As Scouting’s National Honor Society, the purpose of the Order of the Arrow is to:
Recognize those who best exemplify the Scout Oath and Law in their daily lives and through that recognition cause others to conduct themselves in a way that warrants similar recognition.
Promote camping, responsible outdoor adventure, and environmental stewardship as essential components of every Scout’s experience, in the unit, year-round, and in summer camp.
Develop leaders with the willingness, character, spirit and ability to advance the activities of their units, our Brotherhood, Scouting, and ultimately our nation.
Crystallize the Scout habit of helpfulness into a life purpose of leadership in cheerful service to others.
The Order of the Arrow (OA) was founded by Dr. E. Urner Goodman and Carroll A. Edson in 1915 at the Treasure Island Camp of the Philadelphia Council, B.S.A. It became an official program experiment in 1922 and was approved as part of the Boy Scout program in 1934. In 1948 the Order of the Arrow, recognized as the Boy Scouts of America’s National Brotherhood of Honor Campers, became an official part of the National Camping Program of the Boy Scouts of America. Towards the end of the twentieth century, the OA expanded its focus to include conservation, high adventure, and servant-leadership. In 1998, the Order became recognized as Scouting's National Honor Society.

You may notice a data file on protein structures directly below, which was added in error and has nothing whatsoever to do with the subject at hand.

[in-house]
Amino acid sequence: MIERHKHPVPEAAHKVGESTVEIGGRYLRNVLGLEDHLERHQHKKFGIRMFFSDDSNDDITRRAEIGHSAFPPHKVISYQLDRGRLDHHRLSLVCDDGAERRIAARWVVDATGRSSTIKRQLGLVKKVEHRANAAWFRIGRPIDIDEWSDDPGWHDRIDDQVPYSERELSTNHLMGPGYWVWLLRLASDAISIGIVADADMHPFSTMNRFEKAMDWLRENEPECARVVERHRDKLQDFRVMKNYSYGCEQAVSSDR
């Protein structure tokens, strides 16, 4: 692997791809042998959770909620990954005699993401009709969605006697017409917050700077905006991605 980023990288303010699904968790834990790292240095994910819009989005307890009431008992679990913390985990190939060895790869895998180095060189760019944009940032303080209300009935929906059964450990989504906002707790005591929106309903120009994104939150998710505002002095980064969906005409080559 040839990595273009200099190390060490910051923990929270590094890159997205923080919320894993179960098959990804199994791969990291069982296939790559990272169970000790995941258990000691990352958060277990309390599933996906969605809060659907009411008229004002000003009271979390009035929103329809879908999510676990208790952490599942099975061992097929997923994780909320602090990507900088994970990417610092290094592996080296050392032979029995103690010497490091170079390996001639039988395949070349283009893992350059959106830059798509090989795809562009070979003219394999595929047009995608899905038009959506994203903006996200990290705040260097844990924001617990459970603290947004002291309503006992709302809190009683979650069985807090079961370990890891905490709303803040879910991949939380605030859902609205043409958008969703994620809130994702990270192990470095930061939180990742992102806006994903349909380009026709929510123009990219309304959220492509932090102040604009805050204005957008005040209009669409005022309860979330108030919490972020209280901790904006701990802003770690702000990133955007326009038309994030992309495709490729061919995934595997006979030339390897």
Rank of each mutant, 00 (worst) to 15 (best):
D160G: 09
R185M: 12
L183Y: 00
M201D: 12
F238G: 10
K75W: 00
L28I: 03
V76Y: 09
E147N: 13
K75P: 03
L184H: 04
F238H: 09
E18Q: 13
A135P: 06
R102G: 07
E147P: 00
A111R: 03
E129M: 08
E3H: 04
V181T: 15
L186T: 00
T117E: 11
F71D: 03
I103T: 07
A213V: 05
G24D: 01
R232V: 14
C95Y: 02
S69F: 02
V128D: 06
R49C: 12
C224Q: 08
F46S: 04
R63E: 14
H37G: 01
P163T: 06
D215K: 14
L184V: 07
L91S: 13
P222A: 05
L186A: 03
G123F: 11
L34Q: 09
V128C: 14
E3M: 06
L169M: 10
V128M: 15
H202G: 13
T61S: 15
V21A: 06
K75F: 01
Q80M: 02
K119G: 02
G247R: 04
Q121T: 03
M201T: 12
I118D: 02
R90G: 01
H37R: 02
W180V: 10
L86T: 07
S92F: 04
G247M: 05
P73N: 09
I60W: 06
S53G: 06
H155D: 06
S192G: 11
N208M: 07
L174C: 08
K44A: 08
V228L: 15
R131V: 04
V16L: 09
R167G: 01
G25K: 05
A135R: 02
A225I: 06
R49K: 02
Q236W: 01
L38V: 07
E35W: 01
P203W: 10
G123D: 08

The Na Mokupuni O Lawelawe Lodge 567 is the local branch of the National Order of the Arrow organization. It is chartered as the local lodge of the Aloha Council, Boy Scouts of America. The name “Na Mokupuni O Lawelawe” when translated into English from Hawaiian means “Islands of Service”. The lodge symbol is the “Wa’a Kaulua” or the Hawaiian canoe and the lodge totem is the "Pueo" or the Hawaiian Short-Eared Owl.